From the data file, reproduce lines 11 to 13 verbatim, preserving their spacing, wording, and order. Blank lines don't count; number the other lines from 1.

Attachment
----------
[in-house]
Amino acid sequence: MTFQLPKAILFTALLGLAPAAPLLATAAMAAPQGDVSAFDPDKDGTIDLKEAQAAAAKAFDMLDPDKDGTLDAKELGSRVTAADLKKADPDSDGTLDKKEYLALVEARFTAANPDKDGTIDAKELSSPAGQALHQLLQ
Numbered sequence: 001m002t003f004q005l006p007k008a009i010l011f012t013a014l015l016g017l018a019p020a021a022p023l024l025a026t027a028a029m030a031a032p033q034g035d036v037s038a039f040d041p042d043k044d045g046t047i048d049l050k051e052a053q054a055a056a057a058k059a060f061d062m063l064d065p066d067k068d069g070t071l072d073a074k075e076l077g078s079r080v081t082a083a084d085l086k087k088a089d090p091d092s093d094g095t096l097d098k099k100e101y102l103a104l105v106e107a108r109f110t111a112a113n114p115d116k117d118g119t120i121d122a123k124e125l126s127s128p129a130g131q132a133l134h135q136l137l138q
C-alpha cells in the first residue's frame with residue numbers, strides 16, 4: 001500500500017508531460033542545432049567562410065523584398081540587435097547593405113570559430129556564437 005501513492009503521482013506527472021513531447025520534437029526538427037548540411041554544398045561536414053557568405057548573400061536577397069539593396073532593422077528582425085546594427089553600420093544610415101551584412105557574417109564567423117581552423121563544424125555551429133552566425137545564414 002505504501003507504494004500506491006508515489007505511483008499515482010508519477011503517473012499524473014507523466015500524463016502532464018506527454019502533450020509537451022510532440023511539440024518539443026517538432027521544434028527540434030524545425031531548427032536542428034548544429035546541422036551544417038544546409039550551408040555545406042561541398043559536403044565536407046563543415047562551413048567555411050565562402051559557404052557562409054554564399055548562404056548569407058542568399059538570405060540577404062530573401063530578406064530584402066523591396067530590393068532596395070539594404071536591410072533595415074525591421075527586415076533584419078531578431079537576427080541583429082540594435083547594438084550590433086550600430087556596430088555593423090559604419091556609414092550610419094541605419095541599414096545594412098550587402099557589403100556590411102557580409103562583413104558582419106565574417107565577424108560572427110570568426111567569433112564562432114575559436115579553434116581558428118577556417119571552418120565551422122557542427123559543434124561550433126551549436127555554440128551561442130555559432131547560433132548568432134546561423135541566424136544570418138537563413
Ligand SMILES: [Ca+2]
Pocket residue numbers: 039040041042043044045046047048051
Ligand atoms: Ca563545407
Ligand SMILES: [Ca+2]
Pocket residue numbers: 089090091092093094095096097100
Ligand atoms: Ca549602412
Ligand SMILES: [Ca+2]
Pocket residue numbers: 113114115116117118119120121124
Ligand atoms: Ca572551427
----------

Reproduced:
Ligand SMILES: [Ca+2]
Pocket residue numbers: 113114115116117118119120121124
Ligand atoms: Ca572551427